Automation and High-Throughput Technologies

RNA sequencing paired with a novel liver 3D cellular model: a breakthrough technology for high throughput drug-drug interaction screening

Monday, February 5
12:00 PM - 12:30 PM
Location: 6F

Drug-drug interaction (DDI) through drug-metabolizing enzyme activity induction leads to acceleration of elimination of concomitantly administered drugs, and thus to their therapeutic efficacy decrease or abolition. This can be a major issue, for instance, CYP3A4 enzyme induction can lead to termination of a pre-development candidate or a lead candidate in clinical development. The capability to accurately predict the DDI risk related to each drug candidate is currently of great interest in pharmaceutical industry. However, unlike other critical ADME factors, there is no existing high throughput screening (HTS) assay for Cytochrome (CYP) P450 family induction to screen compound libraries or large series. Besides, 2D cultured human hepatocytes traditionally used in such tests do not reflect the in vivo physiology and metabolic activities of human liver. Loss of epithelial morphology after few days in culture, dramatic decrease in phase I and II metabolizing enzymes expression and activity and low throughput, are amongst the shortcomings to their use in DDI HTS. To circumvent these shortcomings, we have developed a novel technology called "BioPearl", to fabricate miniaturized 3D spheroids from primary human hepatocytes for high throughput DDI screening. Using this technology, miniaturized core-shell capsules (350µm of diameter) composed of a thin layer of alginate and a liquid core of cells are generated with the elevated rate of 1500 capsules produced per second. "HepatoPearls" generated in this way display vivo-mimicking characteristics such as: a) epithelial morphology with formation of bile canaliculi network, b) lifespan of more than 45 days c) high and stable metabolic activity of phase I and II metabolising enzymes d) albumin secretion e) urea synthesis and f) CYP inducibility over 6 weeks. In parallel, we have established a fully automated method combining RNA-row-column-plate molecular barcoding with NGS RNA-Seq, allowing high throughput targeted CYP3A4 (one of the main liver drug-metabolizing enzymes) gene expression quantification on HepatoPearls. Through this approach, gene expression can be measured in over 2000 samples in a single NGS run by simultaneous sequencing of reverse transcribed, barcoded and amplified RNAs of the gene of interest and selected housekeeping gene as a stable expression reference. Sequences are then processed through an in house developed bioinformatics script that allows to further generate CYP3A4 based DDI risk scores for tested drugs. To validate the whole workflow, HepatoPearls were treated with a panel of 24 compounds (each at 4 concentrations in triplicate) and DDI risk through CYP3A4 induction was evaluated by the developed NGS RNA-Seq approach. Our results showed to be reproducible and more predictive of FDA vivo-classification (than 2D model). In conclusion, we have established for the first time a robust and integrated workflow allowing high throughput DDI screening based on a 3D human liver cellular model coupled with a gene expression readout.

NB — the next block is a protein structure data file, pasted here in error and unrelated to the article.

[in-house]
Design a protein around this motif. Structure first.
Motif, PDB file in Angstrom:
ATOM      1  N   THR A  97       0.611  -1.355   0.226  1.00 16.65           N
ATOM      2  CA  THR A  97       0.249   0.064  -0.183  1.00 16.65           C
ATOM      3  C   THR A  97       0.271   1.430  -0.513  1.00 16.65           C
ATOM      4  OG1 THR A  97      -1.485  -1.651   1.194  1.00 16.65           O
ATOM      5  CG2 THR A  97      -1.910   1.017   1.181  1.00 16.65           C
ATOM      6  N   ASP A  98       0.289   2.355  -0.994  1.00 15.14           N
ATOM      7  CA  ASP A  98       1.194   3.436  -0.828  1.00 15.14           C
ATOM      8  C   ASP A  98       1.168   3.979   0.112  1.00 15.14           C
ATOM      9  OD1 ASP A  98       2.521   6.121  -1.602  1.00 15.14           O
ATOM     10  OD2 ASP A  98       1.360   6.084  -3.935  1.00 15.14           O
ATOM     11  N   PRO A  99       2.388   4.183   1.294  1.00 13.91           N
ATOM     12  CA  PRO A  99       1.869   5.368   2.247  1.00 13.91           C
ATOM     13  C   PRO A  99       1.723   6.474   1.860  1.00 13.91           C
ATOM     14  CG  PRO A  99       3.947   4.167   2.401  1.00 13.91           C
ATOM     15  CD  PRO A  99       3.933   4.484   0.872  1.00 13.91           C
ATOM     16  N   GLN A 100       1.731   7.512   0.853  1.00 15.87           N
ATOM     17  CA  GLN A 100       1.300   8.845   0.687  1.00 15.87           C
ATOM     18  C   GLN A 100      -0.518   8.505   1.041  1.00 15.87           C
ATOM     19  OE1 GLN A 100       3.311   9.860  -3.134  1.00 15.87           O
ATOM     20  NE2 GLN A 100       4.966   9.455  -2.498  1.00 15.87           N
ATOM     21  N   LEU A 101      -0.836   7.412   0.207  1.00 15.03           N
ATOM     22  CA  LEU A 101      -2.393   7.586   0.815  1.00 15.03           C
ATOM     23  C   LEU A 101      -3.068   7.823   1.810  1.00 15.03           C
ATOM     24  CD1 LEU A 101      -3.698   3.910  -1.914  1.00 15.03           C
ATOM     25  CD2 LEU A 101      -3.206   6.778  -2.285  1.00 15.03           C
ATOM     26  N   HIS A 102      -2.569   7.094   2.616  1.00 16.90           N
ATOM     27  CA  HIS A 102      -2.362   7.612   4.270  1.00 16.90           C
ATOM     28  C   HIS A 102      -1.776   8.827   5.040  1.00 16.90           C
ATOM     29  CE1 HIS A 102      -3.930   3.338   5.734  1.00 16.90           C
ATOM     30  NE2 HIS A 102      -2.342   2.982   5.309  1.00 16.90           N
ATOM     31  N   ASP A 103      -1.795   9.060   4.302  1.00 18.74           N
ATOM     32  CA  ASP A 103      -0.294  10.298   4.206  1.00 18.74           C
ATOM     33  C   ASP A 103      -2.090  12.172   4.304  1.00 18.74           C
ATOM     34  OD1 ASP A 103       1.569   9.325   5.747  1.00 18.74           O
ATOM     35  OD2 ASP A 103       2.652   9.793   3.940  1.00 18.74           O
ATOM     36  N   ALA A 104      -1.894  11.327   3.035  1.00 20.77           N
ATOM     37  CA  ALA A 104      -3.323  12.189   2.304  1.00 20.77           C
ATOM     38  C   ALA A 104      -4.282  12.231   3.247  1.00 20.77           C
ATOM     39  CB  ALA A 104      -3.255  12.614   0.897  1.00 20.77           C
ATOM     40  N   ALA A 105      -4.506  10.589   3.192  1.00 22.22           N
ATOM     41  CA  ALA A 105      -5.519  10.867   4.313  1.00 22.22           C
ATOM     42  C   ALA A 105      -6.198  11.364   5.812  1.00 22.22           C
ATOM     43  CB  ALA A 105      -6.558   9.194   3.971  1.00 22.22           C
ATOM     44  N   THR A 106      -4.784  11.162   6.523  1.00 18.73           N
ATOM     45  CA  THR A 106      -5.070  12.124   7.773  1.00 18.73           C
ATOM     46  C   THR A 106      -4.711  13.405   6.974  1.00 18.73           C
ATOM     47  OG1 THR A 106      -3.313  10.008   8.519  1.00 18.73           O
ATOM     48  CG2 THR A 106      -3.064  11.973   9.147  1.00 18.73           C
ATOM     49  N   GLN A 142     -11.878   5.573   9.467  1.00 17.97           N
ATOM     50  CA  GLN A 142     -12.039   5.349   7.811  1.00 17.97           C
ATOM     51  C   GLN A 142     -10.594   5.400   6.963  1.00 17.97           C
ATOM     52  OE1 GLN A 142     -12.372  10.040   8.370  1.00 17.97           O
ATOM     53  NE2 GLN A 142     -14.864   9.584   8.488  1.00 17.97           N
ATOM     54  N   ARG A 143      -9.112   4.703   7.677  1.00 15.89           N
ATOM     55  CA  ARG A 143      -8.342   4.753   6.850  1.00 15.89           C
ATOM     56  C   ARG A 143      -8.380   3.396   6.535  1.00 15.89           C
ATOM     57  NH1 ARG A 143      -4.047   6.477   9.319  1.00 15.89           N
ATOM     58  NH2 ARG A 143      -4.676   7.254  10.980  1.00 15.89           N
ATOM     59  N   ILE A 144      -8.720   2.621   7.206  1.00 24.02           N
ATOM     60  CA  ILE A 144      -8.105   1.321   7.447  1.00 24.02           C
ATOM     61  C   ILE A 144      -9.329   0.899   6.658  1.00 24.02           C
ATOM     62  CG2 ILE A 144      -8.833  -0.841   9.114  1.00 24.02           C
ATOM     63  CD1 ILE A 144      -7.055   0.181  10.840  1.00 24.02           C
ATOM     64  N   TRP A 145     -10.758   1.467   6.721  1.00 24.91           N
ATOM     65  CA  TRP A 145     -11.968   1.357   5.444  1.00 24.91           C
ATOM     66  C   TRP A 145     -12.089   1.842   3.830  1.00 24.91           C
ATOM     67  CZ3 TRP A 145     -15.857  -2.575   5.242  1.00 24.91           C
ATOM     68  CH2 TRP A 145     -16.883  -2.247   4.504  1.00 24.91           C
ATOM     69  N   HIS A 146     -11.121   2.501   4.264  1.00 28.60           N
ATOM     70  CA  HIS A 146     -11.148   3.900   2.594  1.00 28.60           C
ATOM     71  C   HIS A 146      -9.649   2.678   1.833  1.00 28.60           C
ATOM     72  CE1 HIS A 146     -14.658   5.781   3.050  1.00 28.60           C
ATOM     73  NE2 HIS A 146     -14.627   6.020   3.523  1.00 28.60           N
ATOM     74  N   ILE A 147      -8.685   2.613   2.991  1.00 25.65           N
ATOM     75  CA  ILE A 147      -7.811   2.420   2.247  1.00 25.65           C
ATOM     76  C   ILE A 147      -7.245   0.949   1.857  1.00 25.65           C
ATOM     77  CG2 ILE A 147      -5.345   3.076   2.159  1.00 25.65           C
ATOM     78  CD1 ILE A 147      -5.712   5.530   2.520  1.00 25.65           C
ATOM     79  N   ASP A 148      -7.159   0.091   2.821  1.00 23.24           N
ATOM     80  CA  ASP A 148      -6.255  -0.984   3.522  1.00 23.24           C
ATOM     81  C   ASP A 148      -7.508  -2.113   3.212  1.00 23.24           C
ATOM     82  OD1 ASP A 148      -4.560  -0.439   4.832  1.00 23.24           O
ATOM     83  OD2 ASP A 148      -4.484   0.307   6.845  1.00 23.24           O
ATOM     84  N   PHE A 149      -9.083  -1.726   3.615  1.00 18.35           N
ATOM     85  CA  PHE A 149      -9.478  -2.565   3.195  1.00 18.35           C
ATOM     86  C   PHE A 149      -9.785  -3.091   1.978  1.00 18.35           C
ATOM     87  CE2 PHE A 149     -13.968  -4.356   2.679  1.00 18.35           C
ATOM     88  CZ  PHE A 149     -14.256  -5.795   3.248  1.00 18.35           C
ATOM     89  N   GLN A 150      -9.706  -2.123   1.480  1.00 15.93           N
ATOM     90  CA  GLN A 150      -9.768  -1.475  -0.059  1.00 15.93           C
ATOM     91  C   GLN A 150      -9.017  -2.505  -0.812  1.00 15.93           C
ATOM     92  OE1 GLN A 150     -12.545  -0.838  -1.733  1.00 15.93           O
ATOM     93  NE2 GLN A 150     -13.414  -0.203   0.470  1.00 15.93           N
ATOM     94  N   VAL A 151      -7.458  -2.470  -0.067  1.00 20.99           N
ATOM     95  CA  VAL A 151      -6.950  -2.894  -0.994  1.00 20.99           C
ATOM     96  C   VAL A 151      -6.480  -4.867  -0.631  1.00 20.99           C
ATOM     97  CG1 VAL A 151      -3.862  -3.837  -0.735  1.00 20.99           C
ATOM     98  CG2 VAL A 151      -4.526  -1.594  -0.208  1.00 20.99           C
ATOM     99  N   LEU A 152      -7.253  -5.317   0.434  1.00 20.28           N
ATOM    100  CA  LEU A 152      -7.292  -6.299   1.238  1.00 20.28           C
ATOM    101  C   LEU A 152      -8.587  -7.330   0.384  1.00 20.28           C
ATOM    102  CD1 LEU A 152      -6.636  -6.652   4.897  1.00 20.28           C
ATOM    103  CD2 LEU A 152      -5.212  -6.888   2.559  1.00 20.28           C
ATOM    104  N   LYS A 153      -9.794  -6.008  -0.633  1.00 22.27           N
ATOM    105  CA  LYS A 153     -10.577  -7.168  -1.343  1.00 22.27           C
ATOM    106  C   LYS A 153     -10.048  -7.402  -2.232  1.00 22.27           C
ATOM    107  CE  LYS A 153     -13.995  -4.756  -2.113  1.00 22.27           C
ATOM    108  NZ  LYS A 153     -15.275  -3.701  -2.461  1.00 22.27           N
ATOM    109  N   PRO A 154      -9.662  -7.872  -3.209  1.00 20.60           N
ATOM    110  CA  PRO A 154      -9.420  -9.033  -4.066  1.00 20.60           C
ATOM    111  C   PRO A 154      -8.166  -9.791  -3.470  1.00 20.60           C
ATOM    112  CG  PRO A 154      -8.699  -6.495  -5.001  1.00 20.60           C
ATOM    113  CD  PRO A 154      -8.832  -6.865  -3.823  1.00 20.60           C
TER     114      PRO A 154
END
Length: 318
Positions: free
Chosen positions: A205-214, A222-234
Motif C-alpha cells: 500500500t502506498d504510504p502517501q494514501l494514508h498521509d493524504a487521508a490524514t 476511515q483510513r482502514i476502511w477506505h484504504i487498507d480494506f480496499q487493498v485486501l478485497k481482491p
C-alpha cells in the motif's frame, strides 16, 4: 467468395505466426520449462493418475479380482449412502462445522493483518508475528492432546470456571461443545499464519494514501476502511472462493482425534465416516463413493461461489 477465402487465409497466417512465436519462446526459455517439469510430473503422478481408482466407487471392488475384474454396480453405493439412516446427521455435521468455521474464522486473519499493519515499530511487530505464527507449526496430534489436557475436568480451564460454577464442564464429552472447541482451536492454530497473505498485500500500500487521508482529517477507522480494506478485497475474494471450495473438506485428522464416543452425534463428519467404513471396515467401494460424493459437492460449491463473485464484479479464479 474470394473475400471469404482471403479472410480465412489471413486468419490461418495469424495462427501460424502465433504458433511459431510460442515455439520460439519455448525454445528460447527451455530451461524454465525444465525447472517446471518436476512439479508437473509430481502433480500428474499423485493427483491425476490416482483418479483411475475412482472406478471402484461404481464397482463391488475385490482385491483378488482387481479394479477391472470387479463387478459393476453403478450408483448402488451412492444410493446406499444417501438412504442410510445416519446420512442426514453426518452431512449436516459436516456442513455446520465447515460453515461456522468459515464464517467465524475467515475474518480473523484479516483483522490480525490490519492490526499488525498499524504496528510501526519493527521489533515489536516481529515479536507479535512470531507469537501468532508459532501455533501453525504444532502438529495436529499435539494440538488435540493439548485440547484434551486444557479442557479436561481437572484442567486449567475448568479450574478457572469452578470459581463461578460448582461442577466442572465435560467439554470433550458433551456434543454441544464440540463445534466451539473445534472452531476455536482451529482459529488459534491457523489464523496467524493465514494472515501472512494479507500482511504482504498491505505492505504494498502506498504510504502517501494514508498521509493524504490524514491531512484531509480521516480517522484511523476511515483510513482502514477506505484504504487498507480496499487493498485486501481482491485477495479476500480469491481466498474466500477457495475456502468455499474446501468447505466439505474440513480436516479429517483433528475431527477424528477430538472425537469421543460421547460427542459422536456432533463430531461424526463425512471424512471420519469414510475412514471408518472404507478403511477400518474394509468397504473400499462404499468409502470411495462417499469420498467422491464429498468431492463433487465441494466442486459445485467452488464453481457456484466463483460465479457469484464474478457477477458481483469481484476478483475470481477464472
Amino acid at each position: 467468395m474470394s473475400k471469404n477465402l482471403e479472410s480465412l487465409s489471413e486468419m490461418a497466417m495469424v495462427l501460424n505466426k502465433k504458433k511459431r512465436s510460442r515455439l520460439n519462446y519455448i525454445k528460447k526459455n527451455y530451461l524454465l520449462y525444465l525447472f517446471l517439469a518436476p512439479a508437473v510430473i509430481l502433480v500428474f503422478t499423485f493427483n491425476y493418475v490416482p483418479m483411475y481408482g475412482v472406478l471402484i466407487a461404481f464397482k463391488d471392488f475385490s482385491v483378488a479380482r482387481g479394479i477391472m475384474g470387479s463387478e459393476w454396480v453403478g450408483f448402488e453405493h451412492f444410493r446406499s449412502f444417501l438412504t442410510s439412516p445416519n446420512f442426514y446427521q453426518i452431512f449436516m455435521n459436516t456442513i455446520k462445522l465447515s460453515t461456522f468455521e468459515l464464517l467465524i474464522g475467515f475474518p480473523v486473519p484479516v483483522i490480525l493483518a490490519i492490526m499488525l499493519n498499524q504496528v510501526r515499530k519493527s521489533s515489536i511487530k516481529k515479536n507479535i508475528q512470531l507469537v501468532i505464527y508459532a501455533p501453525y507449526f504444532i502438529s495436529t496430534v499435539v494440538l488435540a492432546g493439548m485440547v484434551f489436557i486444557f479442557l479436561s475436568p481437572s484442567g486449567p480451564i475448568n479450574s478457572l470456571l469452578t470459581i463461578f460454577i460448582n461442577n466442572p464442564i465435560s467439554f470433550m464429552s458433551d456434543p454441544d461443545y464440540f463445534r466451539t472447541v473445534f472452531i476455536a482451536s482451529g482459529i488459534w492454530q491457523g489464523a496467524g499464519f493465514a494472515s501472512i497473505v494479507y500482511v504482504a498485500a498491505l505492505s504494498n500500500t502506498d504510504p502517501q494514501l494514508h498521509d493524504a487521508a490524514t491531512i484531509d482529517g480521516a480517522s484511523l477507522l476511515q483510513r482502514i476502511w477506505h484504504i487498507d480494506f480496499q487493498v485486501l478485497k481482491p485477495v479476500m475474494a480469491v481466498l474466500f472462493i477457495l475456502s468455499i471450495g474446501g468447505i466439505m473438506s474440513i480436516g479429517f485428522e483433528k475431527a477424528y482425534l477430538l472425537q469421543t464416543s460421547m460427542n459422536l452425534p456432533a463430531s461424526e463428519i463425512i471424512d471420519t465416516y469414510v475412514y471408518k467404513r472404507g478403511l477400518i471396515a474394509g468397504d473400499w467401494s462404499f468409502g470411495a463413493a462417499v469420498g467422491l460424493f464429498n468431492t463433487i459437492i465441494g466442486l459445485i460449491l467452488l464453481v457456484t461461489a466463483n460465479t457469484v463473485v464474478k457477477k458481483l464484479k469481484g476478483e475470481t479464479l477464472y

Noushin Dianat

Post-doctrate fellow
ESPCI Paris

After obtaining her master of innovative therapies from Université Paris-Est Créteil in France, Noushin Dianat started her thesis at Université Paris Sud, where she worked on in vitro liver disease modelling through iPSC generation from familial hypercholesterolemic patients’ fibroblasts, gene correction and their differentiation into hepatocytes. She also established for the first time a guided protocol for differentiation of pluripotent stem cells, ESCs or iPSCs, into biliary epithelial cells, cholangiocytes. In 2014, she joined Laboratory of Colloids and Divided Materials (LCMD) at ESPCI Paris as a postdoctoral researcher and worked on a collaborative project with Sanofi aiming to establish a robust workflow for high throughput drug-drug interaction screening on liver 3D spheroids. With her team, she has established and characterized a novel human liver model named “HepatoPearl”. Since summer 2017, Noushin founded “Cyprio”, a young startup, aiming to commercialise this innovative 3D liver model with her colleagues.

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